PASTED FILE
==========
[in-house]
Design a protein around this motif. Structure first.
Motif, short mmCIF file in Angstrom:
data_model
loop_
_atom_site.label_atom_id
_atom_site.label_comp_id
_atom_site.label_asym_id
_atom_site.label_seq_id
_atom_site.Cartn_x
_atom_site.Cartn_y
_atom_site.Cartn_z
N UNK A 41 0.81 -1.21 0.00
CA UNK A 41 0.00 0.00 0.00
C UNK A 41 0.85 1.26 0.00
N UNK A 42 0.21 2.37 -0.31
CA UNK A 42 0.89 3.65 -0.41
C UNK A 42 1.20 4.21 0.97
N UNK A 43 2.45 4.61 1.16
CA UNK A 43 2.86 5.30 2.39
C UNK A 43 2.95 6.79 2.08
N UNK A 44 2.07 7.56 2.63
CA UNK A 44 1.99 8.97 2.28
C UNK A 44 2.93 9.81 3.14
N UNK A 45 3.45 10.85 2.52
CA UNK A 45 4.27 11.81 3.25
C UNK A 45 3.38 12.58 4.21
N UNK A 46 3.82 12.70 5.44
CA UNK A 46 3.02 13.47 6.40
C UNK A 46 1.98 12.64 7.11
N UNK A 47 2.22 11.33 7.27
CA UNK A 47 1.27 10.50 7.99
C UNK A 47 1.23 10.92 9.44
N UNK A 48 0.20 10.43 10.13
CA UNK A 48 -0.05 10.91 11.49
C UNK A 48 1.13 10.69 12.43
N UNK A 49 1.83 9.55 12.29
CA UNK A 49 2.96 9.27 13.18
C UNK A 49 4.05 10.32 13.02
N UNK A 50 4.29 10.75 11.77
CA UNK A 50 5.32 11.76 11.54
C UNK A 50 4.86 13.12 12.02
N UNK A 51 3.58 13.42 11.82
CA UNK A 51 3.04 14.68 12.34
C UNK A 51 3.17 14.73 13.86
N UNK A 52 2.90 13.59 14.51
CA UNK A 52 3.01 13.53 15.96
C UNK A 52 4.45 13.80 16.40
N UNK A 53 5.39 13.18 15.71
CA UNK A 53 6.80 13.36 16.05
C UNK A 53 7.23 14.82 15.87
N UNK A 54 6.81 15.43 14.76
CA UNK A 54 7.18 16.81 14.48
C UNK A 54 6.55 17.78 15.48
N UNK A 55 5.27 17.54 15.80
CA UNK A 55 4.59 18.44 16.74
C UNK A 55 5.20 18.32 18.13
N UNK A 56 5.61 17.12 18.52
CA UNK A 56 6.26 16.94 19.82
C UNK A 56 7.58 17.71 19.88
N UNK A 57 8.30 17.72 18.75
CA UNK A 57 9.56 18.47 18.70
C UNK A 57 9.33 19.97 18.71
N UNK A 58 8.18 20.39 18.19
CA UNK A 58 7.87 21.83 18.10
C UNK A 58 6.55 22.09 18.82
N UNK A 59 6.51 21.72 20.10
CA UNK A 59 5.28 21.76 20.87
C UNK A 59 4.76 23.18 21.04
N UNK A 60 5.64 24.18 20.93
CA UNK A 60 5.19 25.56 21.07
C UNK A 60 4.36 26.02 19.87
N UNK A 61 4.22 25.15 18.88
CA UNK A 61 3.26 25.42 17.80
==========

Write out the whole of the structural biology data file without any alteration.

[in-house]
Design a protein around this motif. Structure first.
Motif, short mmCIF file in Angstrom:
data_model
loop_
_atom_site.label_atom_id
_atom_site.label_comp_id
_atom_site.label_asym_id
_atom_site.label_seq_id
_atom_site.Cartn_x
_atom_site.Cartn_y
_atom_site.Cartn_z
N UNK A 41 0.81 -1.21 0.00
CA UNK A 41 0.00 0.00 0.00
C UNK A 41 0.85 1.26 0.00
N UNK A 42 0.21 2.37 -0.31
CA UNK A 42 0.89 3.65 -0.41
C UNK A 42 1.20 4.21 0.97
N UNK A 43 2.45 4.61 1.16
CA UNK A 43 2.86 5.30 2.39
C UNK A 43 2.95 6.79 2.08
N UNK A 44 2.07 7.56 2.63
CA UNK A 44 1.99 8.97 2.28
C UNK A 44 2.93 9.81 3.14
N UNK A 45 3.45 10.85 2.52
CA UNK A 45 4.27 11.81 3.25
C UNK A 45 3.38 12.58 4.21
N UNK A 46 3.82 12.70 5.44
CA UNK A 46 3.02 13.47 6.40
C UNK A 46 1.98 12.64 7.11
N UNK A 47 2.22 11.33 7.27
CA UNK A 47 1.27 10.50 7.99
C UNK A 47 1.23 10.92 9.44
N UNK A 48 0.20 10.43 10.13
CA UNK A 48 -0.05 10.91 11.49
C UNK A 48 1.13 10.69 12.43
N UNK A 49 1.83 9.55 12.29
CA UNK A 49 2.96 9.27 13.18
C UNK A 49 4.05 10.32 13.02
N UNK A 50 4.29 10.75 11.77
CA UNK A 50 5.32 11.76 11.54
C UNK A 50 4.86 13.12 12.02
N UNK A 51 3.58 13.42 11.82
CA UNK A 51 3.04 14.68 12.34
C UNK A 51 3.17 14.73 13.86
N UNK A 52 2.90 13.59 14.51
CA UNK A 52 3.01 13.53 15.96
C UNK A 52 4.45 13.80 16.40
N UNK A 53 5.39 13.18 15.71
CA UNK A 53 6.80 13.36 16.05
C UNK A 53 7.23 14.82 15.87
N UNK A 54 6.81 15.43 14.76
CA UNK A 54 7.18 16.81 14.48
C UNK A 54 6.55 17.78 15.48
N UNK A 55 5.27 17.54 15.80
CA UNK A 55 4.59 18.44 16.74
C UNK A 55 5.20 18.32 18.13
N UNK A 56 5.61 17.12 18.52
CA UNK A 56 6.26 16.94 19.82
C UNK A 56 7.58 17.71 19.88
N UNK A 57 8.30 17.72 18.75
CA UNK A 57 9.56 18.47 18.70
C UNK A 57 9.33 19.97 18.71
N UNK A 58 8.18 20.39 18.19
CA UNK A 58 7.87 21.83 18.10
C UNK A 58 6.55 22.09 18.82
N UNK A 59 6.51 21.72 20.10
CA UNK A 59 5.28 21.76 20.87
C UNK A 59 4.76 23.18 21.04
N UNK A 60 5.64 24.18 20.93
CA UNK A 60 5.19 25.56 21.07
C UNK A 60 4.36 26.02 19.87
N UNK A 61 4.22 25.15 18.88
CA UNK A 61 3.26 25.42 17.80